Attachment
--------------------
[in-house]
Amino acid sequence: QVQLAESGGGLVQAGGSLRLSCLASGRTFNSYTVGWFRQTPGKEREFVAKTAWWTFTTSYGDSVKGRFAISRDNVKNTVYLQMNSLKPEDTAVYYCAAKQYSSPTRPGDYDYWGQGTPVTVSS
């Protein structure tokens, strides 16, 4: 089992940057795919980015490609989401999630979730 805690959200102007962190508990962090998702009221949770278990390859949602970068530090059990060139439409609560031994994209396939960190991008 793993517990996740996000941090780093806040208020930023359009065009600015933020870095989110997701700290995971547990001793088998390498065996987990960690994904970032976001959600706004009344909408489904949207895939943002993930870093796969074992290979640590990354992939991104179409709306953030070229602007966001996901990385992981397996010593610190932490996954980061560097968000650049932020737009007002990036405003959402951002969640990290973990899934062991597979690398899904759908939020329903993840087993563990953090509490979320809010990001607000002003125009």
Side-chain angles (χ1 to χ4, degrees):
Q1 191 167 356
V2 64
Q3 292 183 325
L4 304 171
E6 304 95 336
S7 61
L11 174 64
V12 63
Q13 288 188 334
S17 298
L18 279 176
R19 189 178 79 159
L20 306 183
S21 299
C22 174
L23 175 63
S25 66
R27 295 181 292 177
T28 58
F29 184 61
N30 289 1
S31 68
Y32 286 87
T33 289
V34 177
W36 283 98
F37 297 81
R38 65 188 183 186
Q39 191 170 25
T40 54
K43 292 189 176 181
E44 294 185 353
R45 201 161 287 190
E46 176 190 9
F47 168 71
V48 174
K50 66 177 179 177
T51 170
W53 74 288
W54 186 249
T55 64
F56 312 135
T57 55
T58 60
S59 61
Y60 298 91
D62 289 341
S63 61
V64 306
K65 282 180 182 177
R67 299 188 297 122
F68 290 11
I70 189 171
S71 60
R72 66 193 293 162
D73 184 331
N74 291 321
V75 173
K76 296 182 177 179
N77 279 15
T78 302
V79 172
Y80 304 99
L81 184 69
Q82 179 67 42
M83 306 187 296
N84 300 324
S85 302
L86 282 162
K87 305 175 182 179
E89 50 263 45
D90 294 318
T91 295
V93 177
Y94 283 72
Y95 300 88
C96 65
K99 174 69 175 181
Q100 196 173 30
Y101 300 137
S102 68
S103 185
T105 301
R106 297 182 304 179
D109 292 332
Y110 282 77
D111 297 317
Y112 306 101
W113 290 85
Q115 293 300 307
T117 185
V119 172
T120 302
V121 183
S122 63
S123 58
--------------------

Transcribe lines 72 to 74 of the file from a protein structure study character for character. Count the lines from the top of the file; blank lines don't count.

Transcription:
S85 302
L86 282 162
K87 305 175 182 179